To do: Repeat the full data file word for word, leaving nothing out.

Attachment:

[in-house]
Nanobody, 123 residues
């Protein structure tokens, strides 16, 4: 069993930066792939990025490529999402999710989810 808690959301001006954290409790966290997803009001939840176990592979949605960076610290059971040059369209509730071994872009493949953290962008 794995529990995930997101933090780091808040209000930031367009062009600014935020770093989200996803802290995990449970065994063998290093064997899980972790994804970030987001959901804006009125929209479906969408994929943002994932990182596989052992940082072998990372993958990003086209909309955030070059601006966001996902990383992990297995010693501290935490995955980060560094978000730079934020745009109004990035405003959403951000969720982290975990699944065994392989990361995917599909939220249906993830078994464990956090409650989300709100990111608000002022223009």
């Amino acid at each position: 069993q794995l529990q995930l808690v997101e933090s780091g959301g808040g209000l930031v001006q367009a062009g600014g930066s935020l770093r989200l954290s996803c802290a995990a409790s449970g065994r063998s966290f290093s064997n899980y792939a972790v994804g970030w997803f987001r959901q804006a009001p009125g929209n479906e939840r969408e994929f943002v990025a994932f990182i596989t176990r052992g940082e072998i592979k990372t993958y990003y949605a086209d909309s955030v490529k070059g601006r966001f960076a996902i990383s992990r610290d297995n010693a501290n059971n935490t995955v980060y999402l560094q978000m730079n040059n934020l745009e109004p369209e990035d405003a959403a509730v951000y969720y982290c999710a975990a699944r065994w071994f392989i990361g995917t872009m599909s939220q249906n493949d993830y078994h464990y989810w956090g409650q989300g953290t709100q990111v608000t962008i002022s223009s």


[in-house]
Nanobody, 123 residues
């Protein structure tokens, strides 16, 4: 069993930066792939990025490529999402999710989810 808690959301001006954290409790966290997803009001939840176990592979949605960076610290059971040059369209509730071994872009493949953290962008 794995529990995930997101933090780091808040209000930031367009062009600014935020770093989200996803802290995990449970065994063998290093064997899980972790994804970030987001959901804006009125929209479906969408994929943002994932990182596989052992940082072998990372993958990003086209909309955030070059601006966001996902990383992990297995010693501290935490995955980060560094978000730079934020745009109004990035405003959403951000969720982290975990699944065994392989990361995917599909939220249906993830078994464990956090409650989300709100990111608000002022223009």
């Amino acid at each position: 069993q794995l529990q995930l808690v997101e933090s780091g959301g808040g209000l930031v001006q367009a062009g600014g930066s935020l770093r989200l954290s996803c802290a995990a409790s449970g065994r063998s966290f290093s064997n899980y792939a972790v994804g970030w997803f987001r959901q804006a009001p009125g929209n479906e939840r969408e994929f943002v990025a994932f990182i596989t176990r052992g940082e072998i592979k990372t993958y990003y949605a086209d909309s955030v490529k070059g601006r966001f960076a996902i990383s992990r610290d297995n010693a501290n059971n935490t995955v980060y999402l560094q978000m730079n040059n934020l745009e109004p369209e990035d405003a959403a509730v951000y969720y982290c999710a975990a699944r065994w071994f392989i990361g995917t872009m599909s939220q249906n493949d993830y078994h464990y989810w956090g409650q989300g953290t709100q990111v608000t962008i002022s223009s």